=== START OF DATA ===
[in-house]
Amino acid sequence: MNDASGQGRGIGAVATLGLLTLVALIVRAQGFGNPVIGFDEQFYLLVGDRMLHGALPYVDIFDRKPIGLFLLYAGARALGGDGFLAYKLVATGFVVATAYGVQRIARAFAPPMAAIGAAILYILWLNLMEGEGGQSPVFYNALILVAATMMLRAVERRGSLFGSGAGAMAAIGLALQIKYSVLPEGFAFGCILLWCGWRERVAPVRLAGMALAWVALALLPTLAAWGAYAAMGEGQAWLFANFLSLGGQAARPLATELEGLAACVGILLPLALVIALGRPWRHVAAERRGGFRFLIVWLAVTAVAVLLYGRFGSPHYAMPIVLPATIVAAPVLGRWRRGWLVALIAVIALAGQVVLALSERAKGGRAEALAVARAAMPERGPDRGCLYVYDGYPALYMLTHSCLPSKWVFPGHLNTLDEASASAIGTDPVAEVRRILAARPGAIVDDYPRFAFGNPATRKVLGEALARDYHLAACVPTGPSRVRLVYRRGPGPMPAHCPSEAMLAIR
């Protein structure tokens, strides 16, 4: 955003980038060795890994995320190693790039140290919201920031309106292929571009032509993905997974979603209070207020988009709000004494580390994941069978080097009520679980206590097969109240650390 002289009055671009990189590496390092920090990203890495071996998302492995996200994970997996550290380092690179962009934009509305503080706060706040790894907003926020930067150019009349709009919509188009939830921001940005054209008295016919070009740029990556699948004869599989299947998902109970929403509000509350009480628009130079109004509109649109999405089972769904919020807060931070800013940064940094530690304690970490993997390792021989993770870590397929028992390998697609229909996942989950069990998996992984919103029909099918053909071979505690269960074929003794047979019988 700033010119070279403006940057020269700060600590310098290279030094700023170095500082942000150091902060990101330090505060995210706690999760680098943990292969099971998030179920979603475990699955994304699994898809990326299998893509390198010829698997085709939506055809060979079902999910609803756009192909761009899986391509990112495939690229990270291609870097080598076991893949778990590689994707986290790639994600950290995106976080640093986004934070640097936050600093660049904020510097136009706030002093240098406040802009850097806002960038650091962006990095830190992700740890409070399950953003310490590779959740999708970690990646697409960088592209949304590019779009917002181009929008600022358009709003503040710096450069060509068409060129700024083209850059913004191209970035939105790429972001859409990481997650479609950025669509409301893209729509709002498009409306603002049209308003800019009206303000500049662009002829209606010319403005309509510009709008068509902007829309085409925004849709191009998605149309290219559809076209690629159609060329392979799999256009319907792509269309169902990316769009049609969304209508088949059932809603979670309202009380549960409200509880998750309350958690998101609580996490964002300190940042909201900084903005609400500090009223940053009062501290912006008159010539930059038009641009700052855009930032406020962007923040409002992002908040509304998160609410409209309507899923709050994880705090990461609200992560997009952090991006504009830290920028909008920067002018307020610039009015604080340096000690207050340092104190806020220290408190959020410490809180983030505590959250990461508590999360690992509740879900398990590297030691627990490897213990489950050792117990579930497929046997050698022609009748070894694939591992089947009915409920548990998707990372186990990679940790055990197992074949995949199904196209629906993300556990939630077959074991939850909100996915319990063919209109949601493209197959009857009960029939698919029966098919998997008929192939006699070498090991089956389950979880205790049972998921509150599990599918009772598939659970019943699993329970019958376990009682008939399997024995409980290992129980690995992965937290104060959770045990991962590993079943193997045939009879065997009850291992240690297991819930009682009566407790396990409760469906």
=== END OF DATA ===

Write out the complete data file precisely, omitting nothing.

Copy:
[in-house]
Amino acid sequence: MNDASGQGRGIGAVATLGLLTLVALIVRAQGFGNPVIGFDEQFYLLVGDRMLHGALPYVDIFDRKPIGLFLLYAGARALGGDGFLAYKLVATGFVVATAYGVQRIARAFAPPMAAIGAAILYILWLNLMEGEGGQSPVFYNALILVAATMMLRAVERRGSLFGSGAGAMAAIGLALQIKYSVLPEGFAFGCILLWCGWRERVAPVRLAGMALAWVALALLPTLAAWGAYAAMGEGQAWLFANFLSLGGQAARPLATELEGLAACVGILLPLALVIALGRPWRHVAAERRGGFRFLIVWLAVTAVAVLLYGRFGSPHYAMPIVLPATIVAAPVLGRWRRGWLVALIAVIALAGQVVLALSERAKGGRAEALAVARAAMPERGPDRGCLYVYDGYPALYMLTHSCLPSKWVFPGHLNTLDEASASAIGTDPVAEVRRILAARPGAIVDDYPRFAFGNPATRKVLGEALARDYHLAACVPTGPSRVRLVYRRGPGPMPAHCPSEAMLAIR
């Protein structure tokens, strides 16, 4: 955003980038060795890994995320190693790039140290919201920031309106292929571009032509993905997974979603209070207020988009709000004494580390994941069978080097009520679980206590097969109240650390 002289009055671009990189590496390092920090990203890495071996998302492995996200994970997996550290380092690179962009934009509305503080706060706040790894907003926020930067150019009349709009919509188009939830921001940005054209008295016919070009740029990556699948004869599989299947998902109970929403509000509350009480628009130079109004509109649109999405089972769904919020807060931070800013940064940094530690304690970490993997390792021989993770870590397929028992390998697609229909996942989950069990998996992984919103029909099918053909071979505690269960074929003794047979019988 700033010119070279403006940057020269700060600590310098290279030094700023170095500082942000150091902060990101330090505060995210706690999760680098943990292969099971998030179920979603475990699955994304699994898809990326299998893509390198010829698997085709939506055809060979079902999910609803756009192909761009899986391509990112495939690229990270291609870097080598076991893949778990590689994707986290790639994600950290995106976080640093986004934070640097936050600093660049904020510097136009706030002093240098406040802009850097806002960038650091962006990095830190992700740890409070399950953003310490590779959740999708970690990646697409960088592209949304590019779009917002181009929008600022358009709003503040710096450069060509068409060129700024083209850059913004191209970035939105790429972001859409990481997650479609950025669509409301893209729509709002498009409306603002049209308003800019009206303000500049662009002829209606010319403005309509510009709008068509902007829309085409925004849709191009998605149309290219559809076209690629159609060329392979799999256009319907792509269309169902990316769009049609969304209508088949059932809603979670309202009380549960409200509880998750309350958690998101609580996490964002300190940042909201900084903005609400500090009223940053009062501290912006008159010539930059038009641009700052855009930032406020962007923040409002992002908040509304998160609410409209309507899923709050994880705090990461609200992560997009952090991006504009830290920028909008920067002018307020610039009015604080340096000690207050340092104190806020220290408190959020410490809180983030505590959250990461508590999360690992509740879900398990590297030691627990490897213990489950050792117990579930497929046997050698022609009748070894694939591992089947009915409920548990998707990372186990990679940790055990197992074949995949199904196209629906993300556990939630077959074991939850909100996915319990063919209109949601493209197959009857009960029939698919029966098919998997008929192939006699070498090991089956389950979880205790049972998921509150599990599918009772598939659970019943699993329970019958376990009682008939399997024995409980290992129980690995992965937290104060959770045990991962590993079943193997045939009879065997009850291992240690297991819930009682009566407790396990409760469906």